Daytrips

For 111 years the Old Blanco County Courthouse has been a central part of the community's identity. Although parts of the building show the wear of age, the narrow stairs to the second floor still command a quiet elegance.

The building has served the community as a bank, newspaper, opera house, school, union hall, and museum. The 37 years that the limestone building spent as a hospital makes it special in the community. Many residents remember lives that were begun, saved, and lost within the old walls. "There are still lots of people living in the area who were born there," said Kathleen Inglish, president of the Old Blanco County Courthouse Preservation Society.

The limestone edifice was only used for its intended purpose five years before the county seat was moved to Johnson City. In 1879, Blanco won the first election by seven votes. On the third try in 1891, Johnson City won. Blanco has remained the larger town, Johnson City has retained the county seat.

The city fathers had sold town lots to build the building. To recoup the $25,970 cost of building, the courthouse was rented out until it was sold to the hosptial in 1933.

The building stared blankly at the town square for 16 years until John O'Boyle, a San Antonio businessman, purchased the building to move it to his ranch in 1986. After having second thoughts about the project, O'Boyle sold the building to the Preservation Society in 1990.

The group has been working to raise 20 percent of the $450,000 the restoration project needs to be eligible for federal grants. The group has had the four sets of double doors refinished, installed a temporary roof, acquired an elevator, and cleaned the exterior walls.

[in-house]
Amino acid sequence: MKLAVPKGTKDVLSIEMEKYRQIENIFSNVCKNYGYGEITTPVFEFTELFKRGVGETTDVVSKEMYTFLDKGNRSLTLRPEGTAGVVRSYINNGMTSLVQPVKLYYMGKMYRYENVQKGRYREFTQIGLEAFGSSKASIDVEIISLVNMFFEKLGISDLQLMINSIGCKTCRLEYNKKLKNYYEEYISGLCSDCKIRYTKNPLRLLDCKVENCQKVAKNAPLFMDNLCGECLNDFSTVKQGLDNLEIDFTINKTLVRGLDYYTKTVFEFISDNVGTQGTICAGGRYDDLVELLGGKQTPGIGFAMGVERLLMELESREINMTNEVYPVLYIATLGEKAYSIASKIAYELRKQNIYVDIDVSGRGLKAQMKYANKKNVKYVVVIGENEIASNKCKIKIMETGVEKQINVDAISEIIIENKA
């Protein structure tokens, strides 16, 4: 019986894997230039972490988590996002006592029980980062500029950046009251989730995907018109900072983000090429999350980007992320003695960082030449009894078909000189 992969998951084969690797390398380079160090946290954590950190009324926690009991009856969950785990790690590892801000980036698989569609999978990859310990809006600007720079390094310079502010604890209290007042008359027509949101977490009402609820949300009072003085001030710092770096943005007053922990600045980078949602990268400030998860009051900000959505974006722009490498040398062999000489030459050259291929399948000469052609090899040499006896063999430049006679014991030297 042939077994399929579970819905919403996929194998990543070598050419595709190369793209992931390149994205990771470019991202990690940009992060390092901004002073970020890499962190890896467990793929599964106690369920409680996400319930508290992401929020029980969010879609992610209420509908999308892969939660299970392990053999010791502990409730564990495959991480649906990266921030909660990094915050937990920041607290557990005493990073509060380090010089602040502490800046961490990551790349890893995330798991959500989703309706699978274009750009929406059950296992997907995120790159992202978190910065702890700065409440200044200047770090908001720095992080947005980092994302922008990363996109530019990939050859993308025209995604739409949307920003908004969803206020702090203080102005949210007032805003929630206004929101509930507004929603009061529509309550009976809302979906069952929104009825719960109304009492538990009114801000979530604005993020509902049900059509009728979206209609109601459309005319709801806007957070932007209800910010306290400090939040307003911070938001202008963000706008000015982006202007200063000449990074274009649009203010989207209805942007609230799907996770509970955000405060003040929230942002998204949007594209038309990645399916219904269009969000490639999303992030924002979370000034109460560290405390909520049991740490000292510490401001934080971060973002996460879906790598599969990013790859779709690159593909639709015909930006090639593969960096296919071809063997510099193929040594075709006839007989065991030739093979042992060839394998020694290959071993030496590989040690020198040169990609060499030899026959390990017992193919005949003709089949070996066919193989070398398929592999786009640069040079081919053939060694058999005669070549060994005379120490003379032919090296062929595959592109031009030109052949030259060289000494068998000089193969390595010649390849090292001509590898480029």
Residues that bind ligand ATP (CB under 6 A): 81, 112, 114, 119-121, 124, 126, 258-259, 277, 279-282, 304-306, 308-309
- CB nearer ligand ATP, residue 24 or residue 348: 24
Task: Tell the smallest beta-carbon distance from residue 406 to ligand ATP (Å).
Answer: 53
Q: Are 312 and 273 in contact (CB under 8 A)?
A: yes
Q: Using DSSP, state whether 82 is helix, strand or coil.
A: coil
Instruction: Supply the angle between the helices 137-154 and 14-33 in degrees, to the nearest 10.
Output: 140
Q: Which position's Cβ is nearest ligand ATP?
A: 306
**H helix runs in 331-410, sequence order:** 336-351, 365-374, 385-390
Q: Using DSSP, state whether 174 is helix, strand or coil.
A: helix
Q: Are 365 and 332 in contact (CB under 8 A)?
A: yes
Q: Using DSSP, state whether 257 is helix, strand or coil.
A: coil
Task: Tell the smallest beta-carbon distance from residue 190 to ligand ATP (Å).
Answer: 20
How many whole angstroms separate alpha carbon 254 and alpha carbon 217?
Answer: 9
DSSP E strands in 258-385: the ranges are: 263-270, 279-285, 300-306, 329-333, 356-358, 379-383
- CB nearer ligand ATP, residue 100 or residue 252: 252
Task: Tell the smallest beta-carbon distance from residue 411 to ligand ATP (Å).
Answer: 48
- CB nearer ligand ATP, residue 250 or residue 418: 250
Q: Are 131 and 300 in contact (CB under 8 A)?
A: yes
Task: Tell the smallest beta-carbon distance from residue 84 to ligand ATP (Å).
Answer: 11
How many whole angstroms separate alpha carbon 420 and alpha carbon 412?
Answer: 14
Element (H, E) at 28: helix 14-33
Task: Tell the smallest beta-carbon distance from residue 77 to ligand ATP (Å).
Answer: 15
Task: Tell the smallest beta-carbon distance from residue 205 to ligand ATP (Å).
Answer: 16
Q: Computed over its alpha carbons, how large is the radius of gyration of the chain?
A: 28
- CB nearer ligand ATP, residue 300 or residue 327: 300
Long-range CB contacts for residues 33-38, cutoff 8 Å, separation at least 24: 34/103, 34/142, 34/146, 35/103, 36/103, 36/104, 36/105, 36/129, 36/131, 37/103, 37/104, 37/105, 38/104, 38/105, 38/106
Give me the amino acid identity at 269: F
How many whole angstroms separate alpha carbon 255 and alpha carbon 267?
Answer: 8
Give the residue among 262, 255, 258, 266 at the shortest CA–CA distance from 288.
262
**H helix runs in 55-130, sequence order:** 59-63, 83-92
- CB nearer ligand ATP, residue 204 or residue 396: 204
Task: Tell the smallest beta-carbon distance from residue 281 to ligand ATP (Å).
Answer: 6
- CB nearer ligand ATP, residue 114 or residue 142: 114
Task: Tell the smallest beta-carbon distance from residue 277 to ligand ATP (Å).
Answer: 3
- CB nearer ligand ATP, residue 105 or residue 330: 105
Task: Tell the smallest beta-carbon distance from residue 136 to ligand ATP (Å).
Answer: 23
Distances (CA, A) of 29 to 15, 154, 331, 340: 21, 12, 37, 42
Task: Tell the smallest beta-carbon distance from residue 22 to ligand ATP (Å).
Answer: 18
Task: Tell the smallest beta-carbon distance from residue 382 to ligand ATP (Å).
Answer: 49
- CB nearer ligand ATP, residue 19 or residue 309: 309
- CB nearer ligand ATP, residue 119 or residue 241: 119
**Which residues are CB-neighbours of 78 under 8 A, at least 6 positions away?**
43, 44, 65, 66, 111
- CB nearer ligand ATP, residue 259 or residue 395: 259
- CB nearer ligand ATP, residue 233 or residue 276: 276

The thick walls and heavy wooden floor are still strong after more than a century of use. Ms. Inglish said that when the architectural plans are finished this fall it will include offices, a museum, a gift shop, and community meeting rooms.

"The grounds are a city park," Ms. Inglish said, "there is something happening there almost every weekend".

Blanco is about 50 miles west of Austin. There are several interesting shops and a genuine country general store on the courthouse square. The town supports several good eateries ranging from classic greasy spoon to deli. The Real Beer Brewery (403 Third St.) is open for tours on Saturdays at 1pm, and Blanco River State Park usually has water behind the small dams for fishing and swimming.

Coming up this weekend...

Market Day in Blanco brings vendors, craftsmen, and garage sales to the old courthouse square, 10am-5pm, every third Sat., Apr.-Nov. The courthouse is open for free tours all day. 210/833-2201.

Grape Stomp Harvest Celebration at Fall Creek Vineyards at Tow entertains visitors with games, hay rides, food, music, and tours, 11am-5pm, Aug. 17 & 24. 512/476-4477.

Card & Comic Collectors Show at the New Braunfels Civic Center is Aug. 17-18. 210/625-2540.

Coming up...

Ballunar Liftoff at the Space Center in Houston combines rockets with colorful hot air balloons, Aug. 23-25. 713/244-2105.

Tahiti Sport takes explorers on a unique bicycle and canoe tour of the French Polynesia islands with documentary film producer Anne Marie Heilman, Sept. 15-23, 22-30, and Sept. 29-Oct. 7. 512/328-7180.

Chilympiad is looking for celebrity judges for the Sept. 21 chili cookoff. To get free admission, sample chili, and get a cool pin, call Sue Caffey, 512/443-6321.

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